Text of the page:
I think there’s something about Pacific Rim that I found very charming. It was almost like an analogue movie even though it’s so spectacular looking. Its heart is in… I don’t know. It’s heart is an a much more innocent place than some of the big action movies that I saw earlier in the summer, and [Guillermo del Toro] has a real temperament. It doesn’t seem like a movie made by consortium. It seems like a personal movie in the same way that you could also say The Avengers did have Joss Whedon’s stamp on it. So I do like that movie a lot. I also like long passages of Justin Lin’s Fast and the Furious 6. I think that chase scene at the end is one of the most spectacular things I’ve seen.
That has my favorite line of dialogue this year, which was, “How did you know there’d be a car there to break our fall?” Which is just this fundamentally ridiculous statement. I love that.
Look, you know in the last couple weeks I have been taken to task for my dialogue in The Canyons, and there is something about movie dialogue that is just different from the way we speak in real life. When you’re writing dialogue for actors, or when you’re writing dialogue for a particular scene… I didn’t really mind that dialogue in the context of Fast and Furious 6…
Oh, I’m not being ironic. I genuinely liked that dialogue. I thought it worked in context.
No, I did too. But it’s silly, but I liked it. I like it as well. I don’t know what I was going on [about]. It’s very hard to find good movie dialogue because it’s often expository, it’s jokey, it’s illogical. So the tone of the movie and the style of the movie is really what’s important in terms of making that dialogue work or not. It’s different for every movie.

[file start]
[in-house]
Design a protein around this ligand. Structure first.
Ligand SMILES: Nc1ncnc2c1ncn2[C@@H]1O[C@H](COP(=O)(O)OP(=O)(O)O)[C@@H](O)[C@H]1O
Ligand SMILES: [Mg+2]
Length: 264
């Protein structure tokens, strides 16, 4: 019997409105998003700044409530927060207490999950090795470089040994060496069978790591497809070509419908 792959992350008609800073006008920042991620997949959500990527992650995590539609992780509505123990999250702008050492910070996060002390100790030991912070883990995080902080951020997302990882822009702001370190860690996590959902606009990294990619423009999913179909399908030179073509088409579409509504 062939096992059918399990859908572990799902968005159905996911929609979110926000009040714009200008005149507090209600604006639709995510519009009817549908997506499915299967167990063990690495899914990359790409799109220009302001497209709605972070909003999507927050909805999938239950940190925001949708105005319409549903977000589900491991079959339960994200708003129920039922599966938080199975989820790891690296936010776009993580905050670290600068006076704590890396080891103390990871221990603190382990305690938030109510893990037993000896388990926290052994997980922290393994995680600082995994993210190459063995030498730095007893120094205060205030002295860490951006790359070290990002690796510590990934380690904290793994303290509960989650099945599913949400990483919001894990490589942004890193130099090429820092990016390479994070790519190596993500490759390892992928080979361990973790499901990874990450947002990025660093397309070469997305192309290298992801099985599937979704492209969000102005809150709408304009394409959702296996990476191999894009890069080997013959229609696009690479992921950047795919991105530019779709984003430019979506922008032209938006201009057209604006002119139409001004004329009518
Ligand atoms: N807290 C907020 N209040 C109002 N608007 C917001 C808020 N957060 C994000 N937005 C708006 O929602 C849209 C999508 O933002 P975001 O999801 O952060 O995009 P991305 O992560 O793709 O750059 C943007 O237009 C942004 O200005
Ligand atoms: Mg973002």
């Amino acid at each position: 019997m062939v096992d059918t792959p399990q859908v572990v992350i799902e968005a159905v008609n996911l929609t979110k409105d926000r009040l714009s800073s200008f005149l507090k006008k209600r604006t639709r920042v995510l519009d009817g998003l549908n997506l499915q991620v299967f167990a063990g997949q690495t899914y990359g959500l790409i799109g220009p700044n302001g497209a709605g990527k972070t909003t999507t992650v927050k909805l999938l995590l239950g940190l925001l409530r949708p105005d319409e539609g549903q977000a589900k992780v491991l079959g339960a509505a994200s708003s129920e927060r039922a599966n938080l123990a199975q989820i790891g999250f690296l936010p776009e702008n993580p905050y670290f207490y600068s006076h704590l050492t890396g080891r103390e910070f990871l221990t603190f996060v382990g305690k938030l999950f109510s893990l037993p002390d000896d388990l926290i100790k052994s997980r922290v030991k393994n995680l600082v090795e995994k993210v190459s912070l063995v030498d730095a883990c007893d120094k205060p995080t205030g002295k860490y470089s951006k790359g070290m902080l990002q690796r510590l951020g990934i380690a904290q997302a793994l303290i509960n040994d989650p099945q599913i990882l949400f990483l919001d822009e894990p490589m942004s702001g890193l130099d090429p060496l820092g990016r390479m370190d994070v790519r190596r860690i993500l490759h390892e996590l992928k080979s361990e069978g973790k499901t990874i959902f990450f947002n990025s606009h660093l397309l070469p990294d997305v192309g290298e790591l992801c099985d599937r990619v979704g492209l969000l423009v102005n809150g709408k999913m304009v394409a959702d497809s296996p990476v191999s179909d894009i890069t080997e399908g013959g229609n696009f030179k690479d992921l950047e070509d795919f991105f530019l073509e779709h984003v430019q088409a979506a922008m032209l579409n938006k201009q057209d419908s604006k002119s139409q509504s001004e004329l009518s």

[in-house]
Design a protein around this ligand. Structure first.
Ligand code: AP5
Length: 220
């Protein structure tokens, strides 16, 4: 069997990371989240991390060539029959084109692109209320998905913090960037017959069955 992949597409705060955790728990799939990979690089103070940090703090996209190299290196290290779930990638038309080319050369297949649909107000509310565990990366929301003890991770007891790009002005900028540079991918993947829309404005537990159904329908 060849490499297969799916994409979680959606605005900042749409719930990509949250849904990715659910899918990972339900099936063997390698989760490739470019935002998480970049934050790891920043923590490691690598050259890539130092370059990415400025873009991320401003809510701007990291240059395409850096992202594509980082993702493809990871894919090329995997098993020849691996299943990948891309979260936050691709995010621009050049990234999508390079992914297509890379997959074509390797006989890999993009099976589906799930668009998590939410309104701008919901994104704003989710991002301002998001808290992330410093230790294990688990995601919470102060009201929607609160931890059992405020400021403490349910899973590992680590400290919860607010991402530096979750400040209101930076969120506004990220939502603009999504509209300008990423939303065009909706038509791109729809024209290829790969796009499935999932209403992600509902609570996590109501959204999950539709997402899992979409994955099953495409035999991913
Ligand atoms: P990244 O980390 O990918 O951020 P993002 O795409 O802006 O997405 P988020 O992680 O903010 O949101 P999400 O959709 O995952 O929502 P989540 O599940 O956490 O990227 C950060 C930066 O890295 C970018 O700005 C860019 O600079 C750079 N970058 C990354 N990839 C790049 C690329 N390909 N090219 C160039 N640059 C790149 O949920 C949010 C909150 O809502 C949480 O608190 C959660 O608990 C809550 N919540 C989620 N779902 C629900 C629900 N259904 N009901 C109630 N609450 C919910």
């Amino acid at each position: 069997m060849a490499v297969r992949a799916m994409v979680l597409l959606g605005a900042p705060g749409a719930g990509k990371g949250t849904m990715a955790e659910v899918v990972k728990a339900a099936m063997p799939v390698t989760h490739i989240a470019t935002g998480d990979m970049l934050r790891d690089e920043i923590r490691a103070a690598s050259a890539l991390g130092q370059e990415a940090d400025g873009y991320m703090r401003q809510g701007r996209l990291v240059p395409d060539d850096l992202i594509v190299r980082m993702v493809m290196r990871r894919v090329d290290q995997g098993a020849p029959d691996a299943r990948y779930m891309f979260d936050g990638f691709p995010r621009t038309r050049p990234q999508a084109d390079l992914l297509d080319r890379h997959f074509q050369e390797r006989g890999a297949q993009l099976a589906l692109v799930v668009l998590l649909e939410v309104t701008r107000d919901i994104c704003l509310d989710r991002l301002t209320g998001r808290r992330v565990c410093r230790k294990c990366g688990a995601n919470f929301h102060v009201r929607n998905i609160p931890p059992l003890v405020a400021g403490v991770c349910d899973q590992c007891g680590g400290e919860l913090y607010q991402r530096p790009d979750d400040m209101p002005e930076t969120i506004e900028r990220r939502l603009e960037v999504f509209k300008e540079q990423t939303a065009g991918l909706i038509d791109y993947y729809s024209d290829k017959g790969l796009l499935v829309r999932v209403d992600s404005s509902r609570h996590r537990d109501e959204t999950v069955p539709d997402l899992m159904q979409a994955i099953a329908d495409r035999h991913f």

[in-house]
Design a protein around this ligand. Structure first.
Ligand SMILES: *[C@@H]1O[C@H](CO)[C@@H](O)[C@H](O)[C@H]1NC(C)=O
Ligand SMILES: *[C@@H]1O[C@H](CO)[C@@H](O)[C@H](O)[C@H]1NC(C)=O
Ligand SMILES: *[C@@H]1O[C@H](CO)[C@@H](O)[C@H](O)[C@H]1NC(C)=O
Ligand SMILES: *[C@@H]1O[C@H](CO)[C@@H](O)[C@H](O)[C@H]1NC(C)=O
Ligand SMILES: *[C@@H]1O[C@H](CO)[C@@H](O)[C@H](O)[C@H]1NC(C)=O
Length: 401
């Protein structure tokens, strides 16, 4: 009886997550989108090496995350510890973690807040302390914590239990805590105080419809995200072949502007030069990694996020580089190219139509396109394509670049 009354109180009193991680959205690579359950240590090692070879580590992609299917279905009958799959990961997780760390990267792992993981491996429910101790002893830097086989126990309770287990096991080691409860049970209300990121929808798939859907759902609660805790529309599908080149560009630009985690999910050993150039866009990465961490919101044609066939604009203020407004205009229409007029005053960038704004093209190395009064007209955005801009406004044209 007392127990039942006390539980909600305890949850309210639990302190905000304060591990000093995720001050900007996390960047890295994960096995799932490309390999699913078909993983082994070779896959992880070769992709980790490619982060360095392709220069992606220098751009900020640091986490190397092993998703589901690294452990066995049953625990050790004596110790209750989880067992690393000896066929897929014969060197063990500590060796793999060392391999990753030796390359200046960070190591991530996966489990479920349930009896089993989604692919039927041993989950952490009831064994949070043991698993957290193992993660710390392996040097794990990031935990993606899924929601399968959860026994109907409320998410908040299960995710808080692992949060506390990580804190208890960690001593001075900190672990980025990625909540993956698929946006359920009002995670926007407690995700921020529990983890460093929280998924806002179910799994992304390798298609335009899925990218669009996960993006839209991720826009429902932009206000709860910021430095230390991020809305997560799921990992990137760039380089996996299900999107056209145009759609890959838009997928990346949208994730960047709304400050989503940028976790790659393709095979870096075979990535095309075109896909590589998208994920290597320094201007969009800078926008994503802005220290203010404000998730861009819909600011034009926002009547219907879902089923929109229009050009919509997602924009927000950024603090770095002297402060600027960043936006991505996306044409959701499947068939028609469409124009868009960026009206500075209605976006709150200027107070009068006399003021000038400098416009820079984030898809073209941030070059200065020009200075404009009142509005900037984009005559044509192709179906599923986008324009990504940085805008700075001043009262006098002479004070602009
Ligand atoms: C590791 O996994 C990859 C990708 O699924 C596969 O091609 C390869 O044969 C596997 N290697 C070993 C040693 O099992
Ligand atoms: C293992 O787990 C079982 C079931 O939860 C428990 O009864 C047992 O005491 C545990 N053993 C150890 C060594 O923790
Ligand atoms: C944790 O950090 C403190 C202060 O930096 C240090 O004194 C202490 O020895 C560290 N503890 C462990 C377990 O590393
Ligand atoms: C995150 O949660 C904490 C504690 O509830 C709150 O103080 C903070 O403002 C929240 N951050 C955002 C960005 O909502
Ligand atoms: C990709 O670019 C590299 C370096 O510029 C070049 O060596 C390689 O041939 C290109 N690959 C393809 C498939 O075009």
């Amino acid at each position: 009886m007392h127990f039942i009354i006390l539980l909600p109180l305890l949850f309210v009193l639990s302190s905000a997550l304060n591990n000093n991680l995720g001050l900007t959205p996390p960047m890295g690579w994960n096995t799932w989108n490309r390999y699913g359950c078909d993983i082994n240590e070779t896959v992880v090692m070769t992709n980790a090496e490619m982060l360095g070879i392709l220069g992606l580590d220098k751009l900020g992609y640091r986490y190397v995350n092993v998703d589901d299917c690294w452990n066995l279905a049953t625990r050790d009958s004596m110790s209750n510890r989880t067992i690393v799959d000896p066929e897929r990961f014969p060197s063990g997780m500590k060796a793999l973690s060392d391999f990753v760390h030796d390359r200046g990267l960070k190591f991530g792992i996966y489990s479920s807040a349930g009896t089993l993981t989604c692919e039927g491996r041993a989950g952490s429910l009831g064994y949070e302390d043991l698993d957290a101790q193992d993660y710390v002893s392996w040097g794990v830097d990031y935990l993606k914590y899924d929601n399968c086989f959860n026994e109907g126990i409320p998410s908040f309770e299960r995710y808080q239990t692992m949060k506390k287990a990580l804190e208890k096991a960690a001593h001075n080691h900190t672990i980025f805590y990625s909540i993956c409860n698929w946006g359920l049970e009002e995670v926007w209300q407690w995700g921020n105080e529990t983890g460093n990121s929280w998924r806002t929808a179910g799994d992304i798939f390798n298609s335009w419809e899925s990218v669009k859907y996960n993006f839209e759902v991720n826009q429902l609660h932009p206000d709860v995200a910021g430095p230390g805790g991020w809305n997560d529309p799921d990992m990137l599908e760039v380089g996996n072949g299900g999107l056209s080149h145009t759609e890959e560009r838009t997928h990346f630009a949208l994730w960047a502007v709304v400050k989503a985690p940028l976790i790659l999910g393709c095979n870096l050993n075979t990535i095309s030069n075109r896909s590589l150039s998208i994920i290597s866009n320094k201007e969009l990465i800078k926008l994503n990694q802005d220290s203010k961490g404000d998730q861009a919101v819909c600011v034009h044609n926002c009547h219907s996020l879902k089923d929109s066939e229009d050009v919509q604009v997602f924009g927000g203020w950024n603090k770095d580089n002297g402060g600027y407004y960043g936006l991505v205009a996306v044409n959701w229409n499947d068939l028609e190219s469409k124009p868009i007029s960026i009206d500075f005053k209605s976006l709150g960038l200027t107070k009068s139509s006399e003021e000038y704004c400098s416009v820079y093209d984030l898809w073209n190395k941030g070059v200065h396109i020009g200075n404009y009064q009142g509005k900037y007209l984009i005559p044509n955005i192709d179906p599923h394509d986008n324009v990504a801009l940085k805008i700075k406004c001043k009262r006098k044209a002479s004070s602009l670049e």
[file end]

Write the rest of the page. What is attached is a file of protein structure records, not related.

Do you approach screenplay dialogue differently than you do dialogue in your novels?
Completely, because I’m not writing the dialogue in the novels for actors. It’s just going to appear on the page. How that dialogue in the books sounds is going to be dependent on how the reader reads it. With dialogue in a movie, again, it is often expository. It is often to move a story forward, it is often just to reveal character. You really can’t go off on huge digressions like you can in a novel. So you have to shape it in a way, and it also has to stay true to, again, the world you’re writing about.
Again, I know I’m getting dissed a lot for the kind of cynical vapidity in the way that my characters talk to one another [in The Canyons], but to me, that rings true. I think that by the very nature of being a novelist, or a well-known novelist, the screenplay for The Canyons has been mercilessly attacked, and has been made fun of in a way that… It’s no better or worse than the screenplay for… I actually think that it’s a better screenplay than the one for Fruitvale Station, or The Way Way Back. Whatever. I don’t think the dialogue is any worse than a lot of those movies, but I just think because of what the subject matter is in The Canyons, people kind of lay into.